144 Dead as Syria Jets Blast Maaret al-Numan and Suicide Bomber Hits near Interior Ministryإقرأ هذا الخبر بالعربية
Syrian fighter jets blasted the rebel-held town of Maaret al-Numan on Thursday, killing at least 44 people, rescuers said, as 144 people were killed across the country according to activists.
Rescue workers said the air force's bombs destroyed two residential buildings and a mosque, where many women and children were taking refuge, in the strategic northwestern town, which was captured by rebel fighters on October 9 in their push to create a buffer zone along the Turkish border.
"We have recovered 44 corpses from under the rubble," one rescue worker told an Agence France Presse correspondent at the scene.
In a makeshift field hospital, the AFP journalist saw 12 corpses wrapped in white sheets, and plastic bags marked "body parts."
The correspondent said one child was decapitated while the body of a second, still on his bicycle, was pulled from the rubble.
"At the moment it seems only three people survived the attack, including a two-year-old child," said medic Jaffar Sharhoub. "He survived in the arms of his dead father."
A resident who spoke to AFP on condition of anonymity said several of the dead had just returned from Kafr Nabal, a town west of Maaret al-Numan. "They thought the danger had passed."
Several fighter jets flew over Maaret al-Numan and the surrounding area throughout Thursday morning.
They made short dives to drop at least 10 bombs on the town and its eastern outskirts, near the Wadi Deif army base which is under rebel siege.
The rebels attempted but failed to shoot down the warplanes, while setting tyres alight to produce columns of thick black smoke in an attempt to restrict the visibility of the pilots.
They also rained mortar rounds on the 250 troops holed up in the base, the largest in northwestern Idlib province and vital to the government's efforts to regain control of the main Damascus-Aleppo highway and resupply units that have under fire in the northern metropolis for the past three months.
Meanwhile, the Local Coordination Committees, a major grouping of activists from around the country, said regime forces killed 144 people on Thursday.
The LCC said 41 people were killed in Idlib, most of them in Maaret al-Numan, 34 in Damascus and its countryside, 28 in Aleppo, 14 in Homs, 10 in Daraa, six in al-Qunaitra, five in Deir Ezzor, five in Hama and one in al-Raqqa.
In the capital, a suicide bomber on a motorcycle blew himself up just 300 meters (yards) from the interior ministry without causing any casualties, a security source said.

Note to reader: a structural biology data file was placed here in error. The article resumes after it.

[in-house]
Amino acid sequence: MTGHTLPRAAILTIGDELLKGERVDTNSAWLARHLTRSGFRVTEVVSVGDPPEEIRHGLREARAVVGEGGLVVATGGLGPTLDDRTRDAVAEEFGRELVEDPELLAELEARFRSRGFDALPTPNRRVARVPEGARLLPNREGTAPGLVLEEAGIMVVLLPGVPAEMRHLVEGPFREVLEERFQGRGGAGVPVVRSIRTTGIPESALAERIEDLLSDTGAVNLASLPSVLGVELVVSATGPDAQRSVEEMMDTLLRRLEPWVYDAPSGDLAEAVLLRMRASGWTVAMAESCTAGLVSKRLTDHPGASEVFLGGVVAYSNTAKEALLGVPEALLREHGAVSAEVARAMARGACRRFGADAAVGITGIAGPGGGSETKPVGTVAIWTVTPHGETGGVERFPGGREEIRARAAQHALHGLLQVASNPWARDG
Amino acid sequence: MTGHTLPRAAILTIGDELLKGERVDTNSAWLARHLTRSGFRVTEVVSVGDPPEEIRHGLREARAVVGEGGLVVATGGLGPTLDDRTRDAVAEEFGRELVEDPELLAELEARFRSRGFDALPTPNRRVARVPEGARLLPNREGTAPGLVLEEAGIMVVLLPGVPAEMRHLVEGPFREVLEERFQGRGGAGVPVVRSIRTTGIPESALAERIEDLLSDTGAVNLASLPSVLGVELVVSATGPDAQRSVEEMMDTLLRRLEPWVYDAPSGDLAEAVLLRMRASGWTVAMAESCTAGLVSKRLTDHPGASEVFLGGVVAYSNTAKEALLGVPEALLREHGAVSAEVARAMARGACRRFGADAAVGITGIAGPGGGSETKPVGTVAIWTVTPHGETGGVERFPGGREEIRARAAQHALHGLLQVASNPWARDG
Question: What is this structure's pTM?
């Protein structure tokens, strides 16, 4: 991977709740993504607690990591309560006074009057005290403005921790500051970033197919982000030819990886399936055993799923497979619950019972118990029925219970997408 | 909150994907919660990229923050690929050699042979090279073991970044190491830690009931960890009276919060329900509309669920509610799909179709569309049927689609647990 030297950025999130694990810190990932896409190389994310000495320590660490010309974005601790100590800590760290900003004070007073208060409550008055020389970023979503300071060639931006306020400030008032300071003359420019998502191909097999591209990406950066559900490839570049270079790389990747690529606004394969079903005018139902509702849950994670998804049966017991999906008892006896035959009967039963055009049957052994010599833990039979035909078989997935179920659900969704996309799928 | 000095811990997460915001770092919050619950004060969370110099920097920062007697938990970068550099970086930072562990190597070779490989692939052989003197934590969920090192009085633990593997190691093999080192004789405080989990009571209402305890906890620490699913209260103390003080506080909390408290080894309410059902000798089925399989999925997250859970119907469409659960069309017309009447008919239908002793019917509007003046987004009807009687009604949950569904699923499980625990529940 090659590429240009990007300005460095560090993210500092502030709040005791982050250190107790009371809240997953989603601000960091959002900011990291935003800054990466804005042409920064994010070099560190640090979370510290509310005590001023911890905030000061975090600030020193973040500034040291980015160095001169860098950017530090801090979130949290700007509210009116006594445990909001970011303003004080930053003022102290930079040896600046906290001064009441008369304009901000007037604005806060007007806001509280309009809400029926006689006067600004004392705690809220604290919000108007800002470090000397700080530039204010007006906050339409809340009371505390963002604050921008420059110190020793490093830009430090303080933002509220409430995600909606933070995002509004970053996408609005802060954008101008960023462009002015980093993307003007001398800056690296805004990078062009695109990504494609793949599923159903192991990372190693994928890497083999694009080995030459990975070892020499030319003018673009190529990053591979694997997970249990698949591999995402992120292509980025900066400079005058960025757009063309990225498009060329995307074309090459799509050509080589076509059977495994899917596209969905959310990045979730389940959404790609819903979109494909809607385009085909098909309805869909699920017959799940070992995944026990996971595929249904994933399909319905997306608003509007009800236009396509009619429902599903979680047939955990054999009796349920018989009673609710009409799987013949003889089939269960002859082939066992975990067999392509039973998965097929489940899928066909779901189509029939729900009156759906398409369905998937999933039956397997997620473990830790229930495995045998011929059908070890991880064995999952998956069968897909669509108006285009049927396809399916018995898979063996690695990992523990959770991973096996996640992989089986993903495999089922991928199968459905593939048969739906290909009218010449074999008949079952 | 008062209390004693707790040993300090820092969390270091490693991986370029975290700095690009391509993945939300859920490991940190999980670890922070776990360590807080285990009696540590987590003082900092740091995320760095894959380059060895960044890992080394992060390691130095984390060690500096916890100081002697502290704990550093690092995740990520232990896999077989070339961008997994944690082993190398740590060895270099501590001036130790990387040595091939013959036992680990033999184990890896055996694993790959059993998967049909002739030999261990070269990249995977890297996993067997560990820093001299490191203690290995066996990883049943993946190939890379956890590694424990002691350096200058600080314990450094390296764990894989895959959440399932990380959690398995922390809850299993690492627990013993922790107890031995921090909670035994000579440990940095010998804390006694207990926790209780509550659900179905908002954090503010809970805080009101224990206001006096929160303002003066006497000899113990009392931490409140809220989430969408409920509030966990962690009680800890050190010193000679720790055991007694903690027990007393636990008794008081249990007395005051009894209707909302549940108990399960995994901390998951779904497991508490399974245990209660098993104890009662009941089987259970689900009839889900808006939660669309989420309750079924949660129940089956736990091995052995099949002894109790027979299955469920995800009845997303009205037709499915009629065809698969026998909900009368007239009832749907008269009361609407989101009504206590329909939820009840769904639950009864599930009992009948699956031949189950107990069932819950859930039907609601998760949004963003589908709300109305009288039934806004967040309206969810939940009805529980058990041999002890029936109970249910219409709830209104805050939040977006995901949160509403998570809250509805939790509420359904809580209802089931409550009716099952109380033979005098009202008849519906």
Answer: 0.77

The bombing came hours after the government announced that Brahimi would travel to Damascus on Saturday to press his call for a ceasefire during the four-day Eid al-Adha Muslim holiday starting on October 26.
Speaking in neighboring Jordan on Thursday, the U.N.-Arab League envoy said he hoped that such a temporary ceasefire could form the basis for a longer lasting truce, warning that the alternative would be disastrous for the whole region.
"If the ceasefire is implemented, we can build on it and make it a real truce as well as the start of a political process that would help the Syrians solve their problems and rebuild their country," Brahimi said in Amman.
"If the Syrian crisis continues, it will not remain inside Syria. It will affect the entire region," he added.
The Algerian diplomat's visit to Syria will be his last stop on a tour of countries that play influential roles in the crisis -- Egypt, Turkey, Saudi Arabia, Iran, Iraq, Lebanon and Jordan.
Asked whether any optimism was warranted over the envoy's Damascus talks, foreign ministry spokesman Jihad Maqdisi told AFP: "Let's see what Brahimi has to say."
Serious doubts have been raised about Brahimi's plan to halt the bloodshed, even temporarily.
"I don't know whether they will all agree at the higher level or not on the ceasefire proposal, but on the ground you have pro- and anti-regime forces that do not respond to any authority," said Rami Abdel Rahman of the Syrian Observatory for Human Rights.
"There would most likely be a problem of implementing the truce," he told AFP.
Damascus said it is ready to discuss with Brahimi his proposal but wanted assurances that countries with influence on the rebels would pressure them to reciprocate.
The exiled opposition said it would welcome any ceasefire but insisted the ball is in the government's court to halt its daily bombardments.
Paul Salem, director of the Carnegie Middle East Center in Beirut, said that such a short-term truce was "possible, but it will not be strategic or permanent".
"I doubt the truce will initiate a political process, because the conditions for such a process are lacking both in Syria and the international community," said Salem.
More than 33,000 people have been killed since the uprising against President Bashar Assad's regime erupted in March last year, according to the Syrian Observatory.
Another watchdog group, Avaaz, said Thursday that at least 28,000 people have disappeared.